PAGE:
Surviving sepsis — a quiet killer

Stan Tkaczyk thought he had the flu and took to bed. His back hurt as well, but he chalked it up to a recent workout. Stan was actually passing a kidney stone — and a resulting infection ultimately led to sepsis.

Sepsis is an extreme response to an infection, and it’s the leading cause of death in U.S. hospitals. The causes vary. “It might start out with a urinary tract infection, or bronchitis that led to pneumonia,” said Dr. Andre Vovan, Chief of Service for Critical Care at Hoag Memorial Hospital Presbyterian and Executive Medical Director for Clinical Effectiveness, Providence St. Joseph Health, Southern California.

Days passed, and Stan felt neither better nor worse. “One week after I started having flu symptoms, I started shaking uncontrollably.” Stan and his wife Barbara decided to call the paramedics.

Stan’s vital signs were normal and although the paramedics offered to take him to the hospital, he decided to stay home. The infection is extremely difficult to diagnose. “It’s called death in disguise,” said Stan. “You don’t know that you’re dying — but you are.”

When Stan’s shaking returned the next day, Barbara took him to the emergency room at Hoag in Newport Beach. Soon after checking in, he went into septic shock. “I took a bite of sandwich and don’t remember anything else. It went bad fast.”

They didn’t know at the time, but Stan and Barbara ended up at a hospital that’s been developing better sepsis practices for some time. Hoag uses specific protocols to medicate sepsis patients and offers specific guidance to emergency department and other hospital physicians on how to care for them. Hoag also has a sepsis nurse on staff, who ensures that the patient is safely cared for in the emergency department and ICU through all stages of the infection. Dr. Vovan subsequently introduced these protocols to other Providence St. Joseph Health hospitals.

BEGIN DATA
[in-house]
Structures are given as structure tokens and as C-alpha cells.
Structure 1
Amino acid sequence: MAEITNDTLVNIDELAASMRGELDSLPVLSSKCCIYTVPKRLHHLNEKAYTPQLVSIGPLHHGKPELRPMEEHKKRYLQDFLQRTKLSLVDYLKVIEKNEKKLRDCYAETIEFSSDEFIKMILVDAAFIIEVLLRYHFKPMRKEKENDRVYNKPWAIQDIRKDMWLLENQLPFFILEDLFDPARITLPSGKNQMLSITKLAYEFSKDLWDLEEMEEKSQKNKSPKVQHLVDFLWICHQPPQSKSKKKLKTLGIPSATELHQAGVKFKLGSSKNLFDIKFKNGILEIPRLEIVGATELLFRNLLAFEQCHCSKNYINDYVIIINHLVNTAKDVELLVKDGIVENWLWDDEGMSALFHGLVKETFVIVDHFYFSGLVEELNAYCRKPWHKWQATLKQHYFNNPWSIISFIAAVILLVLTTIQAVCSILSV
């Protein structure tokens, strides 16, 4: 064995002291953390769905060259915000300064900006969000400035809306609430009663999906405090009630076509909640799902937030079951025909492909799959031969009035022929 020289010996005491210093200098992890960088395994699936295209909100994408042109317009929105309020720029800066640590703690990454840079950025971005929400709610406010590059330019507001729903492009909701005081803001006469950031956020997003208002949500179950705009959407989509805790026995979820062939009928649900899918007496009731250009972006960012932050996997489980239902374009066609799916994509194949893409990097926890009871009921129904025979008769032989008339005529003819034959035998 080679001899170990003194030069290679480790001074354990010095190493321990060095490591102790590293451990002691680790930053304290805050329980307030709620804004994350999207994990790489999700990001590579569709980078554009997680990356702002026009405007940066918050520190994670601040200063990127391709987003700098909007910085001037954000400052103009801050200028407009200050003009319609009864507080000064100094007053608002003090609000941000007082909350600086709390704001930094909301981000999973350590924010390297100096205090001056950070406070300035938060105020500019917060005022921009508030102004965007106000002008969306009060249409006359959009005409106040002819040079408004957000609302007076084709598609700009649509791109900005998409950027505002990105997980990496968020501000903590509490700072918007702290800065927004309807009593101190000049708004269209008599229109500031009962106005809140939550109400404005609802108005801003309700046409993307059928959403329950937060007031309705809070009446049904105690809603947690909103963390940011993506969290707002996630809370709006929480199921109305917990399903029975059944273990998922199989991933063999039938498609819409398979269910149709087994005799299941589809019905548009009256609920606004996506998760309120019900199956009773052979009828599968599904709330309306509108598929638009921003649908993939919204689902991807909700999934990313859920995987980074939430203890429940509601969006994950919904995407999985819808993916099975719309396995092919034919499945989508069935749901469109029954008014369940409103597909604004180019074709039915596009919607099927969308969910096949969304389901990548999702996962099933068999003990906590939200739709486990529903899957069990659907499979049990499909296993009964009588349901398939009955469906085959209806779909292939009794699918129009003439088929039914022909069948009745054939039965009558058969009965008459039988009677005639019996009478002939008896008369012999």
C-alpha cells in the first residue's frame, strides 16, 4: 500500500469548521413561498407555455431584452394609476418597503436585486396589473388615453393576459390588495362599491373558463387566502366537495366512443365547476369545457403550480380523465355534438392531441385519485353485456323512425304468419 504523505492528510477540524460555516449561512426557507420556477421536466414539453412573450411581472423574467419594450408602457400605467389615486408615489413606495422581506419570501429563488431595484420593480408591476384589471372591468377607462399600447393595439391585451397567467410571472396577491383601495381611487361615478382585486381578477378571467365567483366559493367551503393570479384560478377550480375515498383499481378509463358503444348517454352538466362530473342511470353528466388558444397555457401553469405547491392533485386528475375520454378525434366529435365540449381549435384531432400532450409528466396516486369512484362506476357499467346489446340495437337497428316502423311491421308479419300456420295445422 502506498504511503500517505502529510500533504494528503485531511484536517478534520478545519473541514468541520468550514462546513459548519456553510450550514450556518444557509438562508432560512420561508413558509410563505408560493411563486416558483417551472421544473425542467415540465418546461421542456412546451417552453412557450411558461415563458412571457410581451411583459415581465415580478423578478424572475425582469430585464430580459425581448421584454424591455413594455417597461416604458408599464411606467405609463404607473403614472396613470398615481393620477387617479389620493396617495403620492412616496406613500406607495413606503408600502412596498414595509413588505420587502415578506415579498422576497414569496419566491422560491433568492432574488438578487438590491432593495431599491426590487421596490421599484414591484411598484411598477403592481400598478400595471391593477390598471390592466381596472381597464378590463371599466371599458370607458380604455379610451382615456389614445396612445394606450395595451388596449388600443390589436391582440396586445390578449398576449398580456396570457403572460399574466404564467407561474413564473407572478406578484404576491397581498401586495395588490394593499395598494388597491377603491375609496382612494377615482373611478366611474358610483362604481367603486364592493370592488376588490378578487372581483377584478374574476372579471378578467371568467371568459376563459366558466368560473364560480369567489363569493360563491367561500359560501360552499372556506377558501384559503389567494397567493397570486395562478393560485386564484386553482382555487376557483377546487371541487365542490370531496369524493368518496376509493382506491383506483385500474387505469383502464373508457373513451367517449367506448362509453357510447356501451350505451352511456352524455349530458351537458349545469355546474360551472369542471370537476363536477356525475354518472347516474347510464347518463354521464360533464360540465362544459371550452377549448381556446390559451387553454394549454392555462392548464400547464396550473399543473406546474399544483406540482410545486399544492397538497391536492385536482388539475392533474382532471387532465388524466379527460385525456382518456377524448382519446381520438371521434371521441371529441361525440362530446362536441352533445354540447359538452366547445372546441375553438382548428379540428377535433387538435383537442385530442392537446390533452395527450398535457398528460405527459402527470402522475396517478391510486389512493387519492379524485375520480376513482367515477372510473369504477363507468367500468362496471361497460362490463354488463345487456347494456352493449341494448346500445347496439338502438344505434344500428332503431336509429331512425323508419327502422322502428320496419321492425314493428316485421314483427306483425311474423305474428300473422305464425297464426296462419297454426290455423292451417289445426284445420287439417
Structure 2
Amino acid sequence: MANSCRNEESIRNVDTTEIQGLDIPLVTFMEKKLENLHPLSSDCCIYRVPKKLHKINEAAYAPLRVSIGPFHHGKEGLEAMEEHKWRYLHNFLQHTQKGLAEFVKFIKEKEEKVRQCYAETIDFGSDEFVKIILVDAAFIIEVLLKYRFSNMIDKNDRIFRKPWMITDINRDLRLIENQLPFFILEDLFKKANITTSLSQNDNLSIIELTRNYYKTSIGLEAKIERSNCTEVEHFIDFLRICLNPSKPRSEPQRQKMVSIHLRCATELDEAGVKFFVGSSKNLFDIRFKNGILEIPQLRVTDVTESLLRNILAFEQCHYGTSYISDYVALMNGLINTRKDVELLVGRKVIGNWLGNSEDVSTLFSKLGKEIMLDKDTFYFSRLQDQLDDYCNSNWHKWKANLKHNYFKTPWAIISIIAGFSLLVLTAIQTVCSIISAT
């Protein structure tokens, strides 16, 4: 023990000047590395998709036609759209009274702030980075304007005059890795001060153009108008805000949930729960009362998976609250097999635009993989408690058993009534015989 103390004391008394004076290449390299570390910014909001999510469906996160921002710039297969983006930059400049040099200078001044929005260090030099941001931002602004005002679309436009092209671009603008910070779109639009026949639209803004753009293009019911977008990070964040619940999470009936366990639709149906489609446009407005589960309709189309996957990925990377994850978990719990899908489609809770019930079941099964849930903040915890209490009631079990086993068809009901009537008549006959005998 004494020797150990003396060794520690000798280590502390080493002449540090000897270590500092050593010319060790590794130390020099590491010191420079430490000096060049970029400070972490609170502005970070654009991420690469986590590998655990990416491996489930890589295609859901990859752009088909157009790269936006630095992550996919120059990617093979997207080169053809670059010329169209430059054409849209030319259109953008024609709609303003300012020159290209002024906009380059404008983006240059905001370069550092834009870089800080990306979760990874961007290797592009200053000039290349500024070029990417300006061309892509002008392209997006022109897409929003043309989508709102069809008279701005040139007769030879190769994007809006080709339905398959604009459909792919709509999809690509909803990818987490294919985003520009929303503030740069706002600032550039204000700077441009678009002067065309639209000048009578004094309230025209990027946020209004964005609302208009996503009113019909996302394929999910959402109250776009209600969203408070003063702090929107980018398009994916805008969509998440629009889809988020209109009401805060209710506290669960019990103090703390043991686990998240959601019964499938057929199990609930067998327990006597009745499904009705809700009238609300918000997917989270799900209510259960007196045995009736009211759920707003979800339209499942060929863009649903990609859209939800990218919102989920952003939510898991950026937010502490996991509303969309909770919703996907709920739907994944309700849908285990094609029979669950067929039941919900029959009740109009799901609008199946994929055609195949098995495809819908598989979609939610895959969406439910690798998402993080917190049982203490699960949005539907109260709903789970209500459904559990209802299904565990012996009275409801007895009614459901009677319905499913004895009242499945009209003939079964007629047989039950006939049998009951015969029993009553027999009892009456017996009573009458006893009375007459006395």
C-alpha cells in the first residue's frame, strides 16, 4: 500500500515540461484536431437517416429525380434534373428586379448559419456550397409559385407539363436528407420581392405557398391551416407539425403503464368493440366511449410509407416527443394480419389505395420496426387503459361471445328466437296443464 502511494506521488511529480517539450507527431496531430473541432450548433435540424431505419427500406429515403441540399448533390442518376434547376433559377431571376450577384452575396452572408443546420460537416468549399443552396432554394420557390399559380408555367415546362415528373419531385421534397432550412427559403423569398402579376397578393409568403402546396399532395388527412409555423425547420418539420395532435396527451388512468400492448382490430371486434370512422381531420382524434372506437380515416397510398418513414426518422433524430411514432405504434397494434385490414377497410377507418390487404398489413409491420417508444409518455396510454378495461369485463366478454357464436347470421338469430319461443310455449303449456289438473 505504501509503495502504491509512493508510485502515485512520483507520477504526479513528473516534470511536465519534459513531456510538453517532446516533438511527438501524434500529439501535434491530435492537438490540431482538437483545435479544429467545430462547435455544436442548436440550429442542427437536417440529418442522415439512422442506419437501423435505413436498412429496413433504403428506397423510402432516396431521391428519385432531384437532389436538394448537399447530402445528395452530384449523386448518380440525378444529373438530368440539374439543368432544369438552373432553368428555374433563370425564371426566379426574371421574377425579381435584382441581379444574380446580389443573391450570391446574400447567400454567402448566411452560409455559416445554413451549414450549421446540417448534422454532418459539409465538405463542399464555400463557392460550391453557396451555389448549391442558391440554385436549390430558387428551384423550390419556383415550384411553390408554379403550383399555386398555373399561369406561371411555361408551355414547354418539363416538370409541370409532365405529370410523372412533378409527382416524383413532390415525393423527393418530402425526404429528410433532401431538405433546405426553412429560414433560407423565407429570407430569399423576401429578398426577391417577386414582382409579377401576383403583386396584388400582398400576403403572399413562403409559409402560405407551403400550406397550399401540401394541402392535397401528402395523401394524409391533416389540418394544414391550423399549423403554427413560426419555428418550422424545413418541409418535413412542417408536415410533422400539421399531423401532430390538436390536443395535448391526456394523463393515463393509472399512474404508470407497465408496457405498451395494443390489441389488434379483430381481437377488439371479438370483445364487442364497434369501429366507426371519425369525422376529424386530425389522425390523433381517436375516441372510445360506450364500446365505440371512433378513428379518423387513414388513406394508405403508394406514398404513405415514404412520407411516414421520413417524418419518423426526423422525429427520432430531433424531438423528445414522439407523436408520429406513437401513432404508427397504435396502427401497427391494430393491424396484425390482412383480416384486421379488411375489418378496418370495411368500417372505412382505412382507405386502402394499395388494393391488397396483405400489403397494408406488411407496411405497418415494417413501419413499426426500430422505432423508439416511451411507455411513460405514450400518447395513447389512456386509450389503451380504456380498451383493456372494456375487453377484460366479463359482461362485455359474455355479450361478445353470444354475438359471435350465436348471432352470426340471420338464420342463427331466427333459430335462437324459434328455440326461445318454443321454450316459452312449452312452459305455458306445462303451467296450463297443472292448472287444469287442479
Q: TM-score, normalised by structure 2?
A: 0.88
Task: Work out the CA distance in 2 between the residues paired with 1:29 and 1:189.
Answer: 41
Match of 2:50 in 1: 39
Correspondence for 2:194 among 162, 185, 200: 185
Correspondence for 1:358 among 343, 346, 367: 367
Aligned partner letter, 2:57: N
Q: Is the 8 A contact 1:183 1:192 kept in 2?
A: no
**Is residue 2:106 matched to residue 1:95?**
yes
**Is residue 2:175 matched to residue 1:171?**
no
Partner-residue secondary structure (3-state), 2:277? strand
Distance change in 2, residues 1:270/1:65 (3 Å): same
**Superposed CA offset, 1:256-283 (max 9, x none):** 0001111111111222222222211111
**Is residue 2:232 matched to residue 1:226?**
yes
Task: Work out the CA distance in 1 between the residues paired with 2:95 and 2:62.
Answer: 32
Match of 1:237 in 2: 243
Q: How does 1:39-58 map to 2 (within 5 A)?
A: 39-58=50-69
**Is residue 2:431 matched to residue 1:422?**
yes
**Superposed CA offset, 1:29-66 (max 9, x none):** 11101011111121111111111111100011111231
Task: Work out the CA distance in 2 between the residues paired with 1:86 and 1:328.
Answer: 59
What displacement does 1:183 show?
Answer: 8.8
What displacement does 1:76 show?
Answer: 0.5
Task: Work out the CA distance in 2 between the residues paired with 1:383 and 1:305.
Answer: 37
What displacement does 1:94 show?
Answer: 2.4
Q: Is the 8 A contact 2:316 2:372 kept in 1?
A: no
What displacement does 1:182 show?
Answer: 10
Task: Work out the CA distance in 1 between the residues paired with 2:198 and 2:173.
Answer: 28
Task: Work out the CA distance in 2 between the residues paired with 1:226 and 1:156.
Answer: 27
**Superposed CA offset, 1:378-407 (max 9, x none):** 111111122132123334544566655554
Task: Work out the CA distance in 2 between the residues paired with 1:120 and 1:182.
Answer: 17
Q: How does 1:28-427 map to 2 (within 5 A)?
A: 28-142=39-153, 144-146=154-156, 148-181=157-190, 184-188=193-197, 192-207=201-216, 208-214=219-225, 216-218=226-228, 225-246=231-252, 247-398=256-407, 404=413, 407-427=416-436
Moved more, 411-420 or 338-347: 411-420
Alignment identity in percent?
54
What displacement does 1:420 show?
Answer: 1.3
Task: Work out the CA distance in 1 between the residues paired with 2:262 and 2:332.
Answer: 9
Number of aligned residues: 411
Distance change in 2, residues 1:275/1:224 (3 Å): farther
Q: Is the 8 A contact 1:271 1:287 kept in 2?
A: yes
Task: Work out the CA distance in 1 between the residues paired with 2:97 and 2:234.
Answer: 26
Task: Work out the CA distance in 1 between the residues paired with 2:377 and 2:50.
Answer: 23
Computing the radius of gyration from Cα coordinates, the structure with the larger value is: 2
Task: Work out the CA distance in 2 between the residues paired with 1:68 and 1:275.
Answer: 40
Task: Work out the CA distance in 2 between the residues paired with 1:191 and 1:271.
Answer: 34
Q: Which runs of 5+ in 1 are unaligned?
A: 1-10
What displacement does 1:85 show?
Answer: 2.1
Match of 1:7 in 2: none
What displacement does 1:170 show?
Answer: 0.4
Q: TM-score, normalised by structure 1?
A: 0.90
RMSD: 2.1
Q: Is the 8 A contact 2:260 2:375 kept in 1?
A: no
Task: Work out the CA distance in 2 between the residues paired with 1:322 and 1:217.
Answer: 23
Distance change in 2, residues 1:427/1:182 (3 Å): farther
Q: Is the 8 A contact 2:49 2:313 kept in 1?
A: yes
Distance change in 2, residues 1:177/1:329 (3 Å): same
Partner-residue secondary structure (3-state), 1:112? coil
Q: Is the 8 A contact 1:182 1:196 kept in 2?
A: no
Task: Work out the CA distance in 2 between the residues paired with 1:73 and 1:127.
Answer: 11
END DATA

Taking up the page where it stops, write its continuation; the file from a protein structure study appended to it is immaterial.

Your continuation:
These efforts and focused care have paid off. “We have seen increased compliance, decreased mortality, and a better use of hospital resources,” said Dr. Vovan.

These changes have a huge impact on the larger California community. Providence St. Joseph Health is a 50-hospital system, the third largest non-profit hospital system in the U.S. These lifesaving sepsis practices are now spreading across all 50 hospitals and beyond.

While Stan was in a medically-induced coma, Stan’s wife Barbara took charge. Nurses told her Stan could probably hear what was going on, so she played his favorite radio station and visitors told him his favorite stories. Stan woke up five days into his coma while his favorite song — Elvis’ “Viva Las Vegas” — played.

“When I opened my eyes, with all these tubes in me, I thought, ‘What’s going on?’” Even after Barbara explained what had happened, Stan didn’t grasp the gravity of his situation. “I’d never been on death’s door. You don’t think this can happen to you, that something could kill you that quickly.”

Once he was out of his coma, the recovery began. It was rough. “On the first day when I tried to walk, all my muscle tone was gone. I’d never experienced anything like that in my life, where I was reduced to nothing.”

Stan pushed himself mentally and physically to get out of the hospital as soon as possible. When he returned home, even walking up the stairs was a challenge.

Like many sepsis survivors, Stan needed plenty of time to recover. “Lots of people come out with severe weakness,” said Dr. Vovan. “They might feel depressed or even suffer from PTSD because it’s a pretty severe illness.”

Three years after his brush with death, Stan still marvels at his journey. “Recently, I was working out and reflecting on how far I’ve come, from when I couldn’t even begin to think about lifting a weight, walking on the treadmill. Now I’m doing it with strength.”

Now, Stan tells his story in hopes of educating others about this elusive infection. His advice? “If you don’t feel good, go to the doctor. Anybody can get sepsis. No one is immune to it.”

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